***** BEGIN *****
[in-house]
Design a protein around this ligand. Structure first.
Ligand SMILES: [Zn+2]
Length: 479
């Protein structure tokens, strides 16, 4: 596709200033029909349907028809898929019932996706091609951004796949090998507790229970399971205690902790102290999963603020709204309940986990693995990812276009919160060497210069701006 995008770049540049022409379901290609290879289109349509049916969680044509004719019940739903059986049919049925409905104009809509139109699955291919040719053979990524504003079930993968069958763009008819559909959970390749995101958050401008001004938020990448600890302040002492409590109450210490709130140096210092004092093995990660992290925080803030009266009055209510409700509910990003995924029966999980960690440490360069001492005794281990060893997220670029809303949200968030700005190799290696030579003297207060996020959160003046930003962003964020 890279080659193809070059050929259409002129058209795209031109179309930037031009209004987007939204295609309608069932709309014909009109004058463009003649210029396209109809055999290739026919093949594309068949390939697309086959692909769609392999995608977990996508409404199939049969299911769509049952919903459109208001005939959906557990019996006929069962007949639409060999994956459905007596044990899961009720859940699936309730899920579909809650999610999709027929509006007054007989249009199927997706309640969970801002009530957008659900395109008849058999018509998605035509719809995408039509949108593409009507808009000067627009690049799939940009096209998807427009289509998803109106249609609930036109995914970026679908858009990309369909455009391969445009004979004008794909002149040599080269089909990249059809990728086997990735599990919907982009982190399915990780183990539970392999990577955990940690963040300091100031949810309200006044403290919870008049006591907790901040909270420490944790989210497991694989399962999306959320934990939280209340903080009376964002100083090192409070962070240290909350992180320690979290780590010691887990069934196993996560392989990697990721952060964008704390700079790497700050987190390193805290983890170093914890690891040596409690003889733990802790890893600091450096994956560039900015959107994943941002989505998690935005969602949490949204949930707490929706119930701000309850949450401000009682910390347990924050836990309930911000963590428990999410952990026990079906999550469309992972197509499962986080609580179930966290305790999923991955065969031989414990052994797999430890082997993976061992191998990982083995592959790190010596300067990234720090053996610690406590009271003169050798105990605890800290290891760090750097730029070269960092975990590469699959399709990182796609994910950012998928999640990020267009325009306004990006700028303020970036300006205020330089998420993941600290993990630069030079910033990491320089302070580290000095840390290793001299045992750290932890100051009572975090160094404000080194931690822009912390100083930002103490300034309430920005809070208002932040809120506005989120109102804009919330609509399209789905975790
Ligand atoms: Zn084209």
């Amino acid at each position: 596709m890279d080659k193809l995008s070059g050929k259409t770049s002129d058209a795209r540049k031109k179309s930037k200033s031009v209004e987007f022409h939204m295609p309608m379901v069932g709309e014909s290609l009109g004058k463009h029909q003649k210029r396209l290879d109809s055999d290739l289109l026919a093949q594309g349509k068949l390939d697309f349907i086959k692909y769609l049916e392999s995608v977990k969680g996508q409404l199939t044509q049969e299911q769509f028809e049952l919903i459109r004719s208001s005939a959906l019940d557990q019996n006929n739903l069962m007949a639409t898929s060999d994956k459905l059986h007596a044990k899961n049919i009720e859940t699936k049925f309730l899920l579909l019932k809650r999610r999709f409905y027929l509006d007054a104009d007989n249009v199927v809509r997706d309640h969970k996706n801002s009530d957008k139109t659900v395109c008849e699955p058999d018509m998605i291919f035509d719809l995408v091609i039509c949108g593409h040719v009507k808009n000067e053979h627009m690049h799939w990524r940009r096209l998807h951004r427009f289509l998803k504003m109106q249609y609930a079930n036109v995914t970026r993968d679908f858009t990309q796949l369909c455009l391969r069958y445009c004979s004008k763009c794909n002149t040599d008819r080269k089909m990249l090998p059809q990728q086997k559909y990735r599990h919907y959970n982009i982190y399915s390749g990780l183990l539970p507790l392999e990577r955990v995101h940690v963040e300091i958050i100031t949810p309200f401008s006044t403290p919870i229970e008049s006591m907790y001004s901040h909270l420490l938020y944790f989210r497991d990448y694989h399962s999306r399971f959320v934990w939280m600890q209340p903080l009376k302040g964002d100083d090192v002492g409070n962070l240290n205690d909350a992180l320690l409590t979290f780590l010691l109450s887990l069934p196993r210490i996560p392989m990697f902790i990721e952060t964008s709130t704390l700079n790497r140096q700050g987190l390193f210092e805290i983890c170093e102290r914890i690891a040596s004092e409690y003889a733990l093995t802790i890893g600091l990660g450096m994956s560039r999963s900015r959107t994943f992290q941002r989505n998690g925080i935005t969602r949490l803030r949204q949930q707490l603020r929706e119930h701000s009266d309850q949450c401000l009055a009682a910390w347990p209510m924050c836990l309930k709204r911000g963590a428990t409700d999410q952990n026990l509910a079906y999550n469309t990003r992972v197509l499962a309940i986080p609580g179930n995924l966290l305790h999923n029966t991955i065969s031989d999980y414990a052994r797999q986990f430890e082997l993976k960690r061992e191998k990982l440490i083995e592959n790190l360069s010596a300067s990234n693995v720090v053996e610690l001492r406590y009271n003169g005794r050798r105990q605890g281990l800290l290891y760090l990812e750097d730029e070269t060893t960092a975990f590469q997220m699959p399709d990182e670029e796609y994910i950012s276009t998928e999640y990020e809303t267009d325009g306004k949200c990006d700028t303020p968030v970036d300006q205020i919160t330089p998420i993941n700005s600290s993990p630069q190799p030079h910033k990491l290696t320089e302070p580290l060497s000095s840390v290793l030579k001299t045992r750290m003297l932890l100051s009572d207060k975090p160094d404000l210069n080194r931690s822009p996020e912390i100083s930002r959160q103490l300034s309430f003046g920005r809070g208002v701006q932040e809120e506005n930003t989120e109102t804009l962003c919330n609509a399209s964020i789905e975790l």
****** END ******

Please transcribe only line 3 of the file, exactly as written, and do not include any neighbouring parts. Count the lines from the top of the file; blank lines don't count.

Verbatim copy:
Ligand SMILES: [Zn+2]